The Power of Pay Transparency

Do you know how much your colleagues are making? What the person who did your exact job before you took home for pay and benefits? We’re betting you don’t. Mostly, because people seem to be pretty uncomfortable with talking about how much money they make. But, also, because keeping salary info “on the down low” is one way companies get sneaky and a strategy for them to spend less while employees do more – the less you know about your much you’re worth, the less they have to pay you!

This past February, Victoria M. Walker Tweeted the details of her salary working as a Senior Travel Reporter for The Points Guy… and the internet went crazy. Her Tweet received lots of attention, especially from those who saw the move as a great way to disrupt the salary-secret status quo.

We recently read a piece by Refinery 29 that explored how salary anxiety is one of the main causes of employee burnout and how, in fact, pay transparency might solve this problem.

“In other words, if you’re not getting paid what you deserve or you feel that you’re getting paid unfairly (and, in turn, you feel like you’re not valued by your employer), you’ll end up feeling unmotivated, dissatisfied, and overall, detached from work,” they share. (Sounds pretty obvious, right? Of course.)

Refinery 29 shares:
The term fairness, here, is key. Ongoing salary transparency in the workplace promotes a sense of something called procedural justice, which is perceived fairness in the way decisions are made in a company, according to Dr. Rousseau. “It actually helps, over time, to make people feel more comfortable with the HR and compensation system,” she says. Establishing that trust between worker and employee is essential for things such as retention and overall job satisfaction.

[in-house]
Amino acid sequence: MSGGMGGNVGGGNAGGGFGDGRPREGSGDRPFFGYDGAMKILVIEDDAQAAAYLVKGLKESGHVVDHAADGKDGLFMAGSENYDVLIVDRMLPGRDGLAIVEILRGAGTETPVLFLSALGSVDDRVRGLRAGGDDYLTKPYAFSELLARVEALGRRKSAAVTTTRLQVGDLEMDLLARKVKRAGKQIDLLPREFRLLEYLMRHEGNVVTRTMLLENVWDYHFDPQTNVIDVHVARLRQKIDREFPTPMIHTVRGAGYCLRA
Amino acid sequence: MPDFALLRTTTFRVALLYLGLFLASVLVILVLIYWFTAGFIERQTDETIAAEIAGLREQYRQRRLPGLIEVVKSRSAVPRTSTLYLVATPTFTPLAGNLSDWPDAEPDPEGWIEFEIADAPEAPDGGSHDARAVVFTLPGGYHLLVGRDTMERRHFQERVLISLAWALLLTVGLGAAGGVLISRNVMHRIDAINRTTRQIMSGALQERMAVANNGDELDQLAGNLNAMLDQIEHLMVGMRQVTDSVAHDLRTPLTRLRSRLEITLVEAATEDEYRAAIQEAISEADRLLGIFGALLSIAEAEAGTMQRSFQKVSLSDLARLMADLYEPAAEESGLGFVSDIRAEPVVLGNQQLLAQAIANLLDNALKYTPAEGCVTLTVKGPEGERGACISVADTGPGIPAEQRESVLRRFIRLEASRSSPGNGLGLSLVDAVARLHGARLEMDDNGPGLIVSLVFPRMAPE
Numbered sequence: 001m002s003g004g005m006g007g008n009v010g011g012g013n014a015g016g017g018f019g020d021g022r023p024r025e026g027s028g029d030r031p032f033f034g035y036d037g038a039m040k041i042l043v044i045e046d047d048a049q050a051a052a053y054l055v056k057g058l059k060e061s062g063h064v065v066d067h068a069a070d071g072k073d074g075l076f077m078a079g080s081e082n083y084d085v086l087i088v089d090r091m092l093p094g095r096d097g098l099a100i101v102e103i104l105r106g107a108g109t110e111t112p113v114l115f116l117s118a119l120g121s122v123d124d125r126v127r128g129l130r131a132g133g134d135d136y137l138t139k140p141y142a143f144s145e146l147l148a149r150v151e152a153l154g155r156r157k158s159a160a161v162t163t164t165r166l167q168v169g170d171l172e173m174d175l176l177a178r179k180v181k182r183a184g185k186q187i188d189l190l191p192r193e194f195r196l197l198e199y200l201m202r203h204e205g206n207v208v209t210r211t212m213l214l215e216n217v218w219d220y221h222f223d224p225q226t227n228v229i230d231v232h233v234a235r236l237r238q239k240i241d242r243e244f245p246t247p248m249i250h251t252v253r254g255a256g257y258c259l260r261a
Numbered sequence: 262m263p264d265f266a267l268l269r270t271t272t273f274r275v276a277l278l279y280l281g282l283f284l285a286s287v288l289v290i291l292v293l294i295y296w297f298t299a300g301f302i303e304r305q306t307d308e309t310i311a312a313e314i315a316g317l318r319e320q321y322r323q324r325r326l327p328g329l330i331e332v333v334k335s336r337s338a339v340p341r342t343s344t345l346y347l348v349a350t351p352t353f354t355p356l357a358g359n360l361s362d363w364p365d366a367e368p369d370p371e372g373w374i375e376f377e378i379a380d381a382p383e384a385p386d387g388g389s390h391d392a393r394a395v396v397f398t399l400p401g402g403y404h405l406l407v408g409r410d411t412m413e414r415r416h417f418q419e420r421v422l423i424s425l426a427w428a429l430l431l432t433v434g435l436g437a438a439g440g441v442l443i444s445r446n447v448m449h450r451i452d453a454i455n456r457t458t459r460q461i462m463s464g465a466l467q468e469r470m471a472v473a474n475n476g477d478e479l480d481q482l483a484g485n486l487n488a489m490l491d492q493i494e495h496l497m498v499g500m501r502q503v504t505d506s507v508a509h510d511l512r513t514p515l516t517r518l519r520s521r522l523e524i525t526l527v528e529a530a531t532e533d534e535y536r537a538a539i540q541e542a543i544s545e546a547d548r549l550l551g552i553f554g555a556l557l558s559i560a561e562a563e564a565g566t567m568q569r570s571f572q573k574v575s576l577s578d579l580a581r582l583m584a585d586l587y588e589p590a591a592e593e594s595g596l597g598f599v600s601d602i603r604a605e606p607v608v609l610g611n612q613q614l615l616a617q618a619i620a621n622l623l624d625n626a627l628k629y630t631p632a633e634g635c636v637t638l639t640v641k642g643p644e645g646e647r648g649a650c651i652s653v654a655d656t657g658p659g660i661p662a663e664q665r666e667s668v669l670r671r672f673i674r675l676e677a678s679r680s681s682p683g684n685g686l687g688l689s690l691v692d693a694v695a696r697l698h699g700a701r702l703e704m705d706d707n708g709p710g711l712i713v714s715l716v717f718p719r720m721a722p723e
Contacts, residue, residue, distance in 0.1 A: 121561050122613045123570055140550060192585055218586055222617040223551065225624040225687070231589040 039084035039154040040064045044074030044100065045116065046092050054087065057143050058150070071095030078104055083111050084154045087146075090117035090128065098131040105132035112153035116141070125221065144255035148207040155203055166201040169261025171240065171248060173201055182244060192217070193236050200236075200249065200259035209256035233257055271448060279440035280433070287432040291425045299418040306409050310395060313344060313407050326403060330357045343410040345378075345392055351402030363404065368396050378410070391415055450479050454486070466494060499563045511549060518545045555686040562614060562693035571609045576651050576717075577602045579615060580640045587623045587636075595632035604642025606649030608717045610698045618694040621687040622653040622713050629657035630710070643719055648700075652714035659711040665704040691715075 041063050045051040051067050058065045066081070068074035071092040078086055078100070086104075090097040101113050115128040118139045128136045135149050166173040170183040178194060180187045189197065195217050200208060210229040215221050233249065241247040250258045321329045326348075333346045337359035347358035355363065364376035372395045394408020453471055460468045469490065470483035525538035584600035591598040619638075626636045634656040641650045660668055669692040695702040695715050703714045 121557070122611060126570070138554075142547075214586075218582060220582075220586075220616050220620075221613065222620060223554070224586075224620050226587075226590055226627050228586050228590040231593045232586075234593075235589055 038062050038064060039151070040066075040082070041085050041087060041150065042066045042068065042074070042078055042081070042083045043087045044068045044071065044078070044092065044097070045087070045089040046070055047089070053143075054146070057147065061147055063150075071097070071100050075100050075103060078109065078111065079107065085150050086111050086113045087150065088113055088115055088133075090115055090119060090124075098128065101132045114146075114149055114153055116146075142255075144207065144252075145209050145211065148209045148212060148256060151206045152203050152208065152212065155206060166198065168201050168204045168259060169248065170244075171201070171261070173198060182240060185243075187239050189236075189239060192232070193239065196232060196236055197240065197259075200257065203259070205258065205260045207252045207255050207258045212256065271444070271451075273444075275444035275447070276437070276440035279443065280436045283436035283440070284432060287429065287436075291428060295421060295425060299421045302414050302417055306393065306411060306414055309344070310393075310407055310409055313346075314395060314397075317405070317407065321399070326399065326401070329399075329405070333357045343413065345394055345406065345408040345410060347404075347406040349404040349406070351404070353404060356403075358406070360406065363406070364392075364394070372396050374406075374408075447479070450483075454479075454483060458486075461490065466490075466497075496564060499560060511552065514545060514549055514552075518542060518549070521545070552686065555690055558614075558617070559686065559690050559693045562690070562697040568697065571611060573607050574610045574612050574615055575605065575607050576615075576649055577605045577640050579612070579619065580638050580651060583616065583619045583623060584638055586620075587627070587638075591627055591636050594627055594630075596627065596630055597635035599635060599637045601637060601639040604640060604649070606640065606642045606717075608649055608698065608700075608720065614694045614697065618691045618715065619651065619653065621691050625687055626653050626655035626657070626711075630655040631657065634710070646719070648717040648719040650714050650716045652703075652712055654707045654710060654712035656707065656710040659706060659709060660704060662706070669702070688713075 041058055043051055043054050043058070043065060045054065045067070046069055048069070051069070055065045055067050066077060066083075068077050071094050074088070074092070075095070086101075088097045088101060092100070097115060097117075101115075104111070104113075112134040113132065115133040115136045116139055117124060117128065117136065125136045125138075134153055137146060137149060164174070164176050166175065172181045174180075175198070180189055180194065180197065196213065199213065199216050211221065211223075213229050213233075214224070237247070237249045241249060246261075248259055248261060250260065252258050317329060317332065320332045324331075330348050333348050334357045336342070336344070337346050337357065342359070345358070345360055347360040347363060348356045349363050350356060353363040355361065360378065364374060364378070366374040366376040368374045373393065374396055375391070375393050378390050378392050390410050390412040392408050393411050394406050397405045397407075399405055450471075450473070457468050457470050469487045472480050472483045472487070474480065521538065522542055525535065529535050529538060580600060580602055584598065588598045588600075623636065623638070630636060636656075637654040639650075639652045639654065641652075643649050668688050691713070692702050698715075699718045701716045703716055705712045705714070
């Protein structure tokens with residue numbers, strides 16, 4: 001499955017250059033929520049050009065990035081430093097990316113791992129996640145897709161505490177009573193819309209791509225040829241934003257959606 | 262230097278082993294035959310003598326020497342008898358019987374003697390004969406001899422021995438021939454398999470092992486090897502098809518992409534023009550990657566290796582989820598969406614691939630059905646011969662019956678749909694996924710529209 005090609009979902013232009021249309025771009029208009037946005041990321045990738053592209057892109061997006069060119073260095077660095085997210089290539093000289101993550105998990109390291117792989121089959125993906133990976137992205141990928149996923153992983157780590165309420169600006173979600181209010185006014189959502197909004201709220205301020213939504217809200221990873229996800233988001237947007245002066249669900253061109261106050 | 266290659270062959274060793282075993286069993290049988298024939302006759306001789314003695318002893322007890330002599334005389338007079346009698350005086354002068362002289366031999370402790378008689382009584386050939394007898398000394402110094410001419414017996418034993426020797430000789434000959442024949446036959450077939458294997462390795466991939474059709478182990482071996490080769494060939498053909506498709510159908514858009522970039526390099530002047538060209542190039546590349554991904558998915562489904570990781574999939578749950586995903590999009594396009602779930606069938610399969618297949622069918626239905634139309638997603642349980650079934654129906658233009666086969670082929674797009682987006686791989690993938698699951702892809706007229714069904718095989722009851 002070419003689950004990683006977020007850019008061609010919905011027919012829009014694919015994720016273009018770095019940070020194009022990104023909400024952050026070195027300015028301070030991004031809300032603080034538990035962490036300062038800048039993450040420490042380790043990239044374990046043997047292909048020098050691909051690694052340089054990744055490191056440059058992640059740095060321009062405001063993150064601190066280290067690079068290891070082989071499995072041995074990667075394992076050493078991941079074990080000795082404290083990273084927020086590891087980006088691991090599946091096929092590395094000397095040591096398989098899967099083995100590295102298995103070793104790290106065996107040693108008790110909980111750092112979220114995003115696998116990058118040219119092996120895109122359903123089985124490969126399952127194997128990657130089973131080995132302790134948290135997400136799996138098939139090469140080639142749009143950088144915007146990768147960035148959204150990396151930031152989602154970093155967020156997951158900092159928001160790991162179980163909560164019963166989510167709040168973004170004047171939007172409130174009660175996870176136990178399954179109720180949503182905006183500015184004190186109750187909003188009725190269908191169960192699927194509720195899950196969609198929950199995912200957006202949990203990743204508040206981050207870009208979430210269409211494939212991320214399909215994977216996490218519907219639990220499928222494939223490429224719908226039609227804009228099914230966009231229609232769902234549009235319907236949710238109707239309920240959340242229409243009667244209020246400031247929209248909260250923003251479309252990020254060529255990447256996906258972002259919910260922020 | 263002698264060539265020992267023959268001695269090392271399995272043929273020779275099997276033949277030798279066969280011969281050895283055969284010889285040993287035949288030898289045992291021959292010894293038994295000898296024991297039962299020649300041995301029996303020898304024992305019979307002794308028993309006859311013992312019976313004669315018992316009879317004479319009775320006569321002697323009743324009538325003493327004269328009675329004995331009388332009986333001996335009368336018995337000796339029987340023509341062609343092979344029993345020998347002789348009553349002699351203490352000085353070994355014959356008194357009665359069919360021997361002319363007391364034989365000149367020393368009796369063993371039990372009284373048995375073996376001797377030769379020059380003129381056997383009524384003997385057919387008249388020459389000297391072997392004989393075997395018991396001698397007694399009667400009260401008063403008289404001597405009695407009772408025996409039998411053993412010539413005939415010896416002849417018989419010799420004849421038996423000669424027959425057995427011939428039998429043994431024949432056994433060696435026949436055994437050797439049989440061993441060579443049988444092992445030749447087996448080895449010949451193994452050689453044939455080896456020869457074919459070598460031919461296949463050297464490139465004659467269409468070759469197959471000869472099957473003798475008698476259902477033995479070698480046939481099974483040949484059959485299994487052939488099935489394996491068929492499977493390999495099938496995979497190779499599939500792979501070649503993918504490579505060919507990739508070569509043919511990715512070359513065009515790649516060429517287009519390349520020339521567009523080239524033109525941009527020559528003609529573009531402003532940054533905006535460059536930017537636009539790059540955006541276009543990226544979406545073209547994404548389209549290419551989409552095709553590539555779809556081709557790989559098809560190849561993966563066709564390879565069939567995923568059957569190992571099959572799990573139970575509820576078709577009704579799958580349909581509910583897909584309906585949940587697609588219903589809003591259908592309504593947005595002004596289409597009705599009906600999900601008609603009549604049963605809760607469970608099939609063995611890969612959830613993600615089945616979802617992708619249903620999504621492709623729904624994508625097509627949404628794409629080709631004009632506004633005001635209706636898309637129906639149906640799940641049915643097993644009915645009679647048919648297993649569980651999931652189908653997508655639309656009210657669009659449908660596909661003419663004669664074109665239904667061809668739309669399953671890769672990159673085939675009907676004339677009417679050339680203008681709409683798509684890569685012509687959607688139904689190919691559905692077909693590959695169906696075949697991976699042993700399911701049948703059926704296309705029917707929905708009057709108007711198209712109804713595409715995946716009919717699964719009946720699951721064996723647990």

We asked Rae Hames, Sandy Chief Brand Officer,  how she feels about pay transparency. “It’s not really rocket science – pay transparency is a good thing, full stop. It’s a great tool to support equal pay for equal work, it builds a trusting relationship between employees and employers, and it can spark honest conversations about what companies really can – and can’t – afford.”

As one of the founders of Sandy, Rae has the ability to help influence companies on how to create happy employees that value their work. “As part of our consulting efforts, we work with brands to help them understand how to use their budgets most effectively, which usually includes hard conversations about where to spend and where to save; the goal is to have these debates early on, so it’s not a live debate with candidates in the mix,” Rae says. 

“For Sandy’s part, when we began publishing rates in job descriptions, we almost immediately found that the quality of applicants jumped significantly and the interview and negotiation process went smoother and faster. Not only did we feel good about creating transparency with candidates, we saw some real-life “up and to the right” KPI movement!”

But Rae also has some important advice for job seekers. “Keep in mind that the lack of pay transparency isn’t always malicious – it often comes from a lack of market knowledge or an optimistic outlook that companies will find a “diamond in the rough”. Don’t be shy to ask tough questions – understanding the budgeted pay range, a company’s policy on pay transparency, and how raises and bonuses are awarded are all fair topics to discuss when you’re seriously evaluating a new role. Knowledge is power!”


At the end of the day, Rae believes in transparency all the way! “Ultimately, I think companies who are able to provide pay transparency – both internally and externally in job listings – are setting themselves up to attract the best candidates out there by demonstrating their maturity in understanding what work costs and creating a fair and equitable workplace.”


Interested in reading the original piece? Check out the article in Refinery29 here.